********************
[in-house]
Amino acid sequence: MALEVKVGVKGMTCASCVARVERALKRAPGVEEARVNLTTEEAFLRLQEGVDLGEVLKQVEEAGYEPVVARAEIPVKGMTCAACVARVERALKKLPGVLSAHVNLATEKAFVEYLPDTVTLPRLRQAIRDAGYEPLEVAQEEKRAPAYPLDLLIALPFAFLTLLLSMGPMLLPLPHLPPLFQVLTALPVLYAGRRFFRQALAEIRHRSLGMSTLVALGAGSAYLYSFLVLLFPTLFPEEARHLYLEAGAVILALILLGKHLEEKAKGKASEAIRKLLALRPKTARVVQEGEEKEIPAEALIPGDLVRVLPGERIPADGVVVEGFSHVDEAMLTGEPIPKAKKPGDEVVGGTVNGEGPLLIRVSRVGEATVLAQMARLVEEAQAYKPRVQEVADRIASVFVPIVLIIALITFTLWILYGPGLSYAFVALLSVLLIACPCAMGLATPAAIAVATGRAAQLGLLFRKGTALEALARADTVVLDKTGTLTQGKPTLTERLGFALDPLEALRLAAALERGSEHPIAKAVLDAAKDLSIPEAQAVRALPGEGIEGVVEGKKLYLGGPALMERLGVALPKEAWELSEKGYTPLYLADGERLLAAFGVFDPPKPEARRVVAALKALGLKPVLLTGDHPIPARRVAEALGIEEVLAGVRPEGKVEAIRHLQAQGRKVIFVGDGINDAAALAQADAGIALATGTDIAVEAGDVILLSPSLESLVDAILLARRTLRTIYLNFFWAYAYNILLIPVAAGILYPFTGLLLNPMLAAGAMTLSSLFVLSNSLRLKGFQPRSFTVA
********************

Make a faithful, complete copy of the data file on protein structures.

[in-house]
Amino acid sequence: MALEVKVGVKGMTCASCVARVERALKRAPGVEEARVNLTTEEAFLRLQEGVDLGEVLKQVEEAGYEPVVARAEIPVKGMTCAACVARVERALKKLPGVLSAHVNLATEKAFVEYLPDTVTLPRLRQAIRDAGYEPLEVAQEEKRAPAYPLDLLIALPFAFLTLLLSMGPMLLPLPHLPPLFQVLTALPVLYAGRRFFRQALAEIRHRSLGMSTLVALGAGSAYLYSFLVLLFPTLFPEEARHLYLEAGAVILALILLGKHLEEKAKGKASEAIRKLLALRPKTARVVQEGEEKEIPAEALIPGDLVRVLPGERIPADGVVVEGFSHVDEAMLTGEPIPKAKKPGDEVVGGTVNGEGPLLIRVSRVGEATVLAQMARLVEEAQAYKPRVQEVADRIASVFVPIVLIIALITFTLWILYGPGLSYAFVALLSVLLIACPCAMGLATPAAIAVATGRAAQLGLLFRKGTALEALARADTVVLDKTGTLTQGKPTLTERLGFALDPLEALRLAAALERGSEHPIAKAVLDAAKDLSIPEAQAVRALPGEGIEGVVEGKKLYLGGPALMERLGVALPKEAWELSEKGYTPLYLADGERLLAAFGVFDPPKPEARRVVAALKALGLKPVLLTGDHPIPARRVAEALGIEEVLAGVRPEGKVEAIRHLQAQGRKVIFVGDGINDAAALAQADAGIALATGTDIAVEAGDVILLSPSLESLVDAILLARRTLRTIYLNFFWAYAYNILLIPVAAGILYPFTGLLLNPMLAAGAMTLSSLFVLSNSLRLKGFQPRSFTVA